Seurat sketch thought to be stolen by Nazis is seized from Paris art dealer

The Independent 21 February 2008
By John Lichfield in Paris

A long-lost sketch for one of the most famous French paintings of the late 19th century has been seized by police from an art dealer in Paris. The preliminary study by the pointillist artist Georges Seurat, painted on the lid of a cigar box, was assumed to have been stolen by the Nazis during the Second World War.  

French investigators searching for looted Jewish-owned art want to know why the tiny painting, valued at €5m (£3.75m), has suddenly turned up in the hands of a French art dealer. The Etude de L'Ile de la Grande Jatte is one of more than 50 studies painted by Seurat between 1884 and 1886 for his celebrated painting of heavily clothed sunbathers on an island in the river Seine.

The completed canvas, Un Dimanche à la Grande Jatte, is 9ft by 6ft and owned by the Art Institute of Chicago. The study seized by French police shows almost the same scene but is painted on a cigar-box lid the size of a standard exercise book.

Like the finished canvas it uses the technique perfected by Seurat of painting not in brush strokes, but with thousands of tiny blobs, or points, of oil-paint. The study may well have been painted by Seurat on the island itself and taken to his studio as one of more than 50 preliminary sketches for the final canvas.

Its recovery coincides with an exhibition in Jerusalem this week of 53 paintings seized by the Nazis in France – including another Seurat – whose legitimate owners have not been traced. The exhibition, which moves to Paris in June, shows only a fraction of the 2,000 French-Jewish owned art works recovered from Germany after the war but still in the custody of the French state.

In the case of the Seurat study, the chain of ownership is reasonably well-established. It once belonged to the Jewish painter Paul Signac. In 1940, his widow Berthe Signac gave it to a French art dealer, André Metthey, for safe-keeping after Germany invaded France.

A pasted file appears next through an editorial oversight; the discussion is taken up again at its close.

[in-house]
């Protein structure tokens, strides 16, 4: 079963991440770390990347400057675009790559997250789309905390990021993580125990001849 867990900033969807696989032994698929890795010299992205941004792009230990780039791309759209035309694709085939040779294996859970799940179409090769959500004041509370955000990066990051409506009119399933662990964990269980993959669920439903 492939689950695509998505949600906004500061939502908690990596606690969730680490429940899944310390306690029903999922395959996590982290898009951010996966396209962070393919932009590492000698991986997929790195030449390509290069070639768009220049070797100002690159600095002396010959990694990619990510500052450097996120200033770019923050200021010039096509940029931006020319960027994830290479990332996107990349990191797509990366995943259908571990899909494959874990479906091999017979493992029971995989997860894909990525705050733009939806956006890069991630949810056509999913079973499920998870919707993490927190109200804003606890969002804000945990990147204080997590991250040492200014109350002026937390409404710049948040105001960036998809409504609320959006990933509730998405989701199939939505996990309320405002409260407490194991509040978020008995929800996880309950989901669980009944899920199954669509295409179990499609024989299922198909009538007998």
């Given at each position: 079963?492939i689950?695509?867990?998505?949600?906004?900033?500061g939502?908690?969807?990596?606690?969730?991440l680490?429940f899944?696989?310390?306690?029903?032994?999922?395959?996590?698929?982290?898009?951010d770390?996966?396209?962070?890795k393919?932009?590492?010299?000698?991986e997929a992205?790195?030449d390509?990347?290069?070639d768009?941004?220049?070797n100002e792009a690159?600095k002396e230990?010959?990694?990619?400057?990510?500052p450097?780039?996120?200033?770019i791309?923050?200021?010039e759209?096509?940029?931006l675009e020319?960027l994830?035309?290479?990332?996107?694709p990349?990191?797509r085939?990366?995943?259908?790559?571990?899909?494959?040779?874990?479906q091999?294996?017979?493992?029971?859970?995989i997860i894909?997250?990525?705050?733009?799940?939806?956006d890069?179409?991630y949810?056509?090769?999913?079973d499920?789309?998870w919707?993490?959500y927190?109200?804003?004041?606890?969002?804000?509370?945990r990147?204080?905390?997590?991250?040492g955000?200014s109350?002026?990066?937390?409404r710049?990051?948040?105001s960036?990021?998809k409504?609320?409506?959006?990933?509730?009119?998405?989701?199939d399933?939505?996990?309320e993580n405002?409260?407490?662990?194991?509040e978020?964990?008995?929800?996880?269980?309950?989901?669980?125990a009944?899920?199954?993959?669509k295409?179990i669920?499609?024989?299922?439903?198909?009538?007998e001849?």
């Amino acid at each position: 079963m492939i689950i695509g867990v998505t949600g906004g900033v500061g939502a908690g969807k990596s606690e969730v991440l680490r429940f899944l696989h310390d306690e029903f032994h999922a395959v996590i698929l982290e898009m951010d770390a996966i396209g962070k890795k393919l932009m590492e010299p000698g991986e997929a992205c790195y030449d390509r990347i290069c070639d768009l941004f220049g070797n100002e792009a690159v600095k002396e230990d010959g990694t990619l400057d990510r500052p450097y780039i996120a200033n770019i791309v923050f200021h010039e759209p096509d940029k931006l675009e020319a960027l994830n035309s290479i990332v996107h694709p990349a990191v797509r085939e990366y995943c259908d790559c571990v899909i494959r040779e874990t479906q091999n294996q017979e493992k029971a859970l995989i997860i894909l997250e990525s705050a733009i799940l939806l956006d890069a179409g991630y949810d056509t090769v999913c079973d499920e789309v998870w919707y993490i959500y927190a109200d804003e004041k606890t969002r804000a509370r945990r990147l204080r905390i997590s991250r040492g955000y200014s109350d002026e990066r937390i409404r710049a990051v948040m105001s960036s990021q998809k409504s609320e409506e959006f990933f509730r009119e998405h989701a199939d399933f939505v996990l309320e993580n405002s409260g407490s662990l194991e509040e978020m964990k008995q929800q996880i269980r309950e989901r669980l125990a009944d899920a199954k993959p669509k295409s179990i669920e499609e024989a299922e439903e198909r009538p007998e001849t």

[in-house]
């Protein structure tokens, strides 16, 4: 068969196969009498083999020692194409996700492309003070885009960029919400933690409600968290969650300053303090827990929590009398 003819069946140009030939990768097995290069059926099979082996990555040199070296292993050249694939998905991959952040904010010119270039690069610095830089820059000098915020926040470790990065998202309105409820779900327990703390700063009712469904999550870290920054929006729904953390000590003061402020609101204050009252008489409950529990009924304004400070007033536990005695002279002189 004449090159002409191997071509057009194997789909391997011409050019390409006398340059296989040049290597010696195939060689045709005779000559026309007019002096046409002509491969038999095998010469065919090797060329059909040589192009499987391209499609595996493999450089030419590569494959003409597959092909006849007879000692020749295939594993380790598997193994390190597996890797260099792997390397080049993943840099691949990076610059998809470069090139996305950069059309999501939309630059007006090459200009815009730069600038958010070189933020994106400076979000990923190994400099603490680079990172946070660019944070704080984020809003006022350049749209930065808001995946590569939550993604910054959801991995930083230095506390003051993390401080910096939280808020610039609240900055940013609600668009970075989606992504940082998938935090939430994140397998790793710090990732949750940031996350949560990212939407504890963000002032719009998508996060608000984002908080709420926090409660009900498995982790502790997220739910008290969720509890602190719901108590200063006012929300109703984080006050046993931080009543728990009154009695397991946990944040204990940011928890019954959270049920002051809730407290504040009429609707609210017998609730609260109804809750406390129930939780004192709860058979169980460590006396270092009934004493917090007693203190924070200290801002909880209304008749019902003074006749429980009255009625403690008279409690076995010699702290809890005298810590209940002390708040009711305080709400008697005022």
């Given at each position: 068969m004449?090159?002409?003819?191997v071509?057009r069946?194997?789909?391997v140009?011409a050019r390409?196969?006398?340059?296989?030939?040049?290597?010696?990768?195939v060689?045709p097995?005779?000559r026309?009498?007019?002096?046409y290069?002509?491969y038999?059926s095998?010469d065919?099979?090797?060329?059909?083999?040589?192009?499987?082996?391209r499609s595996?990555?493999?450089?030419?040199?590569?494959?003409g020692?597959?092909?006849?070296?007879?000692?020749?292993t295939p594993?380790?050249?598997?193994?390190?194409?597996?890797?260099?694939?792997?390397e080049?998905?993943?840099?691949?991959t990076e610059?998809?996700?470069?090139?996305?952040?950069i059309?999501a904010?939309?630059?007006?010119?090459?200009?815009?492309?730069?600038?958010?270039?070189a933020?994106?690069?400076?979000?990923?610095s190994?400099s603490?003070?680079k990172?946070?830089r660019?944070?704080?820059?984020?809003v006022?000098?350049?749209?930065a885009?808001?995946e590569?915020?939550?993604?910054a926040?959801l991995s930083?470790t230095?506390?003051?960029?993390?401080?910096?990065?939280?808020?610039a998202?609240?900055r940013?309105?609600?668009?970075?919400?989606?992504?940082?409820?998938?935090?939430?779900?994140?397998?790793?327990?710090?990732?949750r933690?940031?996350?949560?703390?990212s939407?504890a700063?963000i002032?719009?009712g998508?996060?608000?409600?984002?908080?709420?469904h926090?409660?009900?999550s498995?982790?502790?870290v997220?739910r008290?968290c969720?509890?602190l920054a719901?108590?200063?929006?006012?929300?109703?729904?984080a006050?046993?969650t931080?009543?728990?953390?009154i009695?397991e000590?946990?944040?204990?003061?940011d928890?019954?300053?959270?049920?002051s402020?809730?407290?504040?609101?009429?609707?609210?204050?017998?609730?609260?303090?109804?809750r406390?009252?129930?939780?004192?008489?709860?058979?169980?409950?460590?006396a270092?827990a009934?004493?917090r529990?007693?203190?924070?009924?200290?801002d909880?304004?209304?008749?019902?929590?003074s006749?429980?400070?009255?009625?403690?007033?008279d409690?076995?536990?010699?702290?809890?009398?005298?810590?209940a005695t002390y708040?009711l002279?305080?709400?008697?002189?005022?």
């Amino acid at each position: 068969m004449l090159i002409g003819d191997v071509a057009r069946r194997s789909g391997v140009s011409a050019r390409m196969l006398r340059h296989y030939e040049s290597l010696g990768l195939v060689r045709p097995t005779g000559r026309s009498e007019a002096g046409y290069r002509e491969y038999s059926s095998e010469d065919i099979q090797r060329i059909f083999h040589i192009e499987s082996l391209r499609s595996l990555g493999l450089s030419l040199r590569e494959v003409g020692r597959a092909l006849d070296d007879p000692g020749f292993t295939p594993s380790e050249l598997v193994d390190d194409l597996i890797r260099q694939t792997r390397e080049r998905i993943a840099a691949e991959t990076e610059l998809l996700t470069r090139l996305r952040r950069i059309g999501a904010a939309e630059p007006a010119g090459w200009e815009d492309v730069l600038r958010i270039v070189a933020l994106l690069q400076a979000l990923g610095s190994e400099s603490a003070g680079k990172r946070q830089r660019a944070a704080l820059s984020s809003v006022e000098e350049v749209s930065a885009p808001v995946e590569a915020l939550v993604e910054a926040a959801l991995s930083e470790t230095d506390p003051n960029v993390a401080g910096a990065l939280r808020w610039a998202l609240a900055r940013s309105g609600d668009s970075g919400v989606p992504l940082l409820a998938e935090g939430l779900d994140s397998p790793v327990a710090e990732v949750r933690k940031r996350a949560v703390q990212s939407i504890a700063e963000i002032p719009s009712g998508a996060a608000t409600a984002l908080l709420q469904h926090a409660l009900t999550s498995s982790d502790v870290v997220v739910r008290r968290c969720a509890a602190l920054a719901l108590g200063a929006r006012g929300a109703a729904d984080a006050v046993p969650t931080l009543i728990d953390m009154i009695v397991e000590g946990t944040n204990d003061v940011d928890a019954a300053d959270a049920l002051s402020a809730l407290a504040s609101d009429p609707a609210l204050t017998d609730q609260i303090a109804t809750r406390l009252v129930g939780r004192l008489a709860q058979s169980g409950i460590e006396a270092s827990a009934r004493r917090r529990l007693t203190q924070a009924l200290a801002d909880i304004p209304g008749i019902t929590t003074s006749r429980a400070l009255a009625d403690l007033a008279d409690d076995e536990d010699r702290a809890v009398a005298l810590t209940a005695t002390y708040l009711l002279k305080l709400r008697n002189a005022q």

In 1945, when the Signac family tried to reclaim the painting, M. Metthey said it had been stolen by the Nazis. The work was added to the French list of "despoiled" art works. Two years ago, another French art dealer, Eric Turquin, asked the French Ministry of Culture for a certificate allowing him to sell the work abroad. He said the Seurat study had been brought to him by a client, Elias Chartouni.

Following a complaint by the heirs of the Signac family, an investigation was started by the French government agency which monitors trafficking in stolen art. The painting was seized in the past few days at M. Turquin's offices in Paris, police said yesterday.

A magistrate, Fabienne Pous, has been appointed to investigate "theft by persons unknown". She will try to trace the movements of the painting in the past 68 years and investigate claims and counter claims about its ownership.

In the 1880s, the Ile de la Grande Jatte was in open countryside and a favourite spot for strolling, bathing and boating. Now known as the Ile de la Jatte, it has been engulfed by the westward sprawl of Paris. The island has been almost entirely covered with up-market apartment blocks, in the shadow of the tower blocks of the business district of La Défense.
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